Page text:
# Competitive On-line Prediction

In Competitive On-line Prediction one starts from a benchmark class of prediction strategies, and the goal is to design a prediction algorithm competitive with the best strategies in the benchmark class.

Consider a triple`⚠ $(\Omega,\Gamma,\lambda)$`

, called a game of prediction. It consists of `⚠ $\Omega$`

, the set of possible outcomes `⚠ $\omega$`

, `⚠ $\Gamma$`

, the set of possible predictions `⚠ $\gamma$`

, and the loss function `⚠ $\lambda: \Omega \times \Gamma \to \mathbb{R}$`

. The loss function `⚠ $\lambda(\omega,\gamma)$`

measures the discrepancy between the current prediction and the actual outcome. The game is played in discrete time `⚠ $t=1,2,\dots$`

. The cumulative loss `⚠ $L_T=\sum_{t=1}^T \lambda(\omega_t,\gamma_t)$`

is a measure of performance of the predictions `⚠ $\gamma_t$`

on the realized outcomes `⚠ $\omega_t$`

. One can consider the performance of the best strategy in the chosen benchmark class and the performance of a prediction algorithm. Theoretical guarantees for the performance of the algorithm are often stated in the form `⚠ $\displaystyle{L_T^{\text{algorithm}} \le cL_T^{\text{best strategy}} + R(T),}$`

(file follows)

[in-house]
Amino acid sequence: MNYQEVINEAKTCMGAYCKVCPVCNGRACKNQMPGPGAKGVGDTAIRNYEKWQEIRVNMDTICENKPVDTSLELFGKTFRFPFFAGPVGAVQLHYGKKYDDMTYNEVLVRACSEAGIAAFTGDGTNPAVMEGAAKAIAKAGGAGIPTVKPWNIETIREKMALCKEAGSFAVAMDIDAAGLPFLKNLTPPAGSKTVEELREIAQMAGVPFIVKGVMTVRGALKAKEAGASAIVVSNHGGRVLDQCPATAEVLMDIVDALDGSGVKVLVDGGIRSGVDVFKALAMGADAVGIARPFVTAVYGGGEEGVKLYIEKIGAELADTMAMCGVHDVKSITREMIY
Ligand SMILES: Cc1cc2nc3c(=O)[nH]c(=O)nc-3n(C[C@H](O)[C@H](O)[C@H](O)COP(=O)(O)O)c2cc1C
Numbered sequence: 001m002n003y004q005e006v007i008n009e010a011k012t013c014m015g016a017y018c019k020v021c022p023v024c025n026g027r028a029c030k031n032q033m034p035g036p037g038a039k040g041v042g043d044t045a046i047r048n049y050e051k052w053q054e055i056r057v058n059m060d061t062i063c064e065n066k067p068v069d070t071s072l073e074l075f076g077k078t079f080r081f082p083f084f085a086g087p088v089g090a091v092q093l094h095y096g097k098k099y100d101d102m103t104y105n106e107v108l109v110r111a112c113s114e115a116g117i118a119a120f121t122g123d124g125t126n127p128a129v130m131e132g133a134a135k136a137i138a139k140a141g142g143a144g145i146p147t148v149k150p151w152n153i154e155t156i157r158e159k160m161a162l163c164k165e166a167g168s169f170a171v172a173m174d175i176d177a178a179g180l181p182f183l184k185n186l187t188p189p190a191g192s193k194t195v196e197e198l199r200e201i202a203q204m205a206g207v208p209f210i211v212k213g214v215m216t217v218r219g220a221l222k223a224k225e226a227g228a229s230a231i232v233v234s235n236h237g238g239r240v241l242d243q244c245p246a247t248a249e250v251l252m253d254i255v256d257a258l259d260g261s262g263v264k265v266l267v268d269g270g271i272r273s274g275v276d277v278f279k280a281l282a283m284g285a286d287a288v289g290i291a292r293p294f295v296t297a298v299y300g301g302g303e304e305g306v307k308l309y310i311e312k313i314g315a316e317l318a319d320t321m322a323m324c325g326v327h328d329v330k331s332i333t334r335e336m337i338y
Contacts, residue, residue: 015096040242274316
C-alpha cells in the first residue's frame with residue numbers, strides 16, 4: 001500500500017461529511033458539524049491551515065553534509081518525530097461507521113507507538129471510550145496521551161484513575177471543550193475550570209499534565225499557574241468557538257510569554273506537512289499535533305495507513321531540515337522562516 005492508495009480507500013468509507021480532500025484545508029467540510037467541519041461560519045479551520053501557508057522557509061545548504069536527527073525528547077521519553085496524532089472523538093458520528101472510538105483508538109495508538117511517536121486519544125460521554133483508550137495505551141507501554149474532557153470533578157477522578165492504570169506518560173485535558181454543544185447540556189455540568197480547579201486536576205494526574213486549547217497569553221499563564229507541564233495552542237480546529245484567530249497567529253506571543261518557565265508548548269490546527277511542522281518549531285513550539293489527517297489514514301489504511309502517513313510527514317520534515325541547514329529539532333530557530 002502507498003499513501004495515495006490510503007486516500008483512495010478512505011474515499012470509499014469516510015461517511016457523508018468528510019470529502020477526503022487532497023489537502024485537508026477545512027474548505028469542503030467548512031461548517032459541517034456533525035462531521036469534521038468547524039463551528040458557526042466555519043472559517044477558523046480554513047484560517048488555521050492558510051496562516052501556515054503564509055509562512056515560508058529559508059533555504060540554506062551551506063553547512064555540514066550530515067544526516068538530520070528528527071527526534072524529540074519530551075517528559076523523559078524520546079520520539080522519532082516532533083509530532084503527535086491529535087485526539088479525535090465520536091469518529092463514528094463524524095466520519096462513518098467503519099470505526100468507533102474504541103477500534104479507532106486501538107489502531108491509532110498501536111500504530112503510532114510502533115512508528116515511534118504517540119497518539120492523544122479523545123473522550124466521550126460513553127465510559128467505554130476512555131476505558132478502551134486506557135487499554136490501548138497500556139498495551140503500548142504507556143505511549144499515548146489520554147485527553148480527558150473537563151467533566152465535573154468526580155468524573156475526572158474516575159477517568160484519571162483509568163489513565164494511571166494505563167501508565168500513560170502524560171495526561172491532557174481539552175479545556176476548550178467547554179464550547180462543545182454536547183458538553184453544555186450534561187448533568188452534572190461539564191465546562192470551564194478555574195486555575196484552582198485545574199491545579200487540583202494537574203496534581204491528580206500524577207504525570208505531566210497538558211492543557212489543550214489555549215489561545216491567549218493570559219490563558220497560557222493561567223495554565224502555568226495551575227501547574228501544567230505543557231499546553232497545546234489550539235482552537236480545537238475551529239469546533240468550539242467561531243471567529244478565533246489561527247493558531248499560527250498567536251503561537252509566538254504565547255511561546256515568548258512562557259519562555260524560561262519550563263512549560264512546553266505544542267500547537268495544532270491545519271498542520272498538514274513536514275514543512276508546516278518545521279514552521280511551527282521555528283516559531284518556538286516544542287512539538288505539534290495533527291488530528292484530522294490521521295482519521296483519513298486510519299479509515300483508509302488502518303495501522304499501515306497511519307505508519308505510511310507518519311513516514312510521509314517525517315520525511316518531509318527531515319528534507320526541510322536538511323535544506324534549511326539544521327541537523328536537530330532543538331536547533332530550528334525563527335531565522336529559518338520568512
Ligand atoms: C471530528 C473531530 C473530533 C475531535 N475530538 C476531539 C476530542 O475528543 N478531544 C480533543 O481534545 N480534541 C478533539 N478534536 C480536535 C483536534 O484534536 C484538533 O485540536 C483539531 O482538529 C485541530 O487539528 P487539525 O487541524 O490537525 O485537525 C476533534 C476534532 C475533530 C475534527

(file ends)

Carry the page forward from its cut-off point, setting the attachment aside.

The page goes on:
`⚠ $\displaystyle{ L_T^{\text{algorithm}} \le cL_T^{\text{best strategy}} + R(L_T^{\text{best strategy}}),}$`

`⚠ $R(\cdot)$`

is the *regret term*and

`⚠ $c$`

does not depend on `⚠ $T$`

. However, for "big" benchmark classes such regret terms are impossible, and the perfomance guarantee becomes `⚠ $\displaystyle{ L_T^{\text{algorithm}} \le cL_T^{\text{strategy}} + R(\left\|\text{strategy}\right\|,T),}$`

which is required to hold for all strategies in the benchmark class; the regret term is now allowed to depend on the "complexity" (such as the norm) of the strategy.

Important subareas of competitive on-line prediction are:

- Prediction with expert advice, where the benchmark class is formed by free agents called
*experts*. - Competing with prediction rules, where the benchmark class is the class of all linear functions. This benchmark class often serves as the starting point for competing with wider benchmark classes.

The competitive on-line prediction can be applied, e.g., to:

There are many known techniques in competitive on-line prediction, such as:

- Exponential Weights Algorithms
- Defensive forecasting and shortcut.
- Follow the perturbed leader
- Gradient descent and Exponentiated gradient

Some techniques used in competitive on-line prediction are also standard in other areas of learning theory and statistics: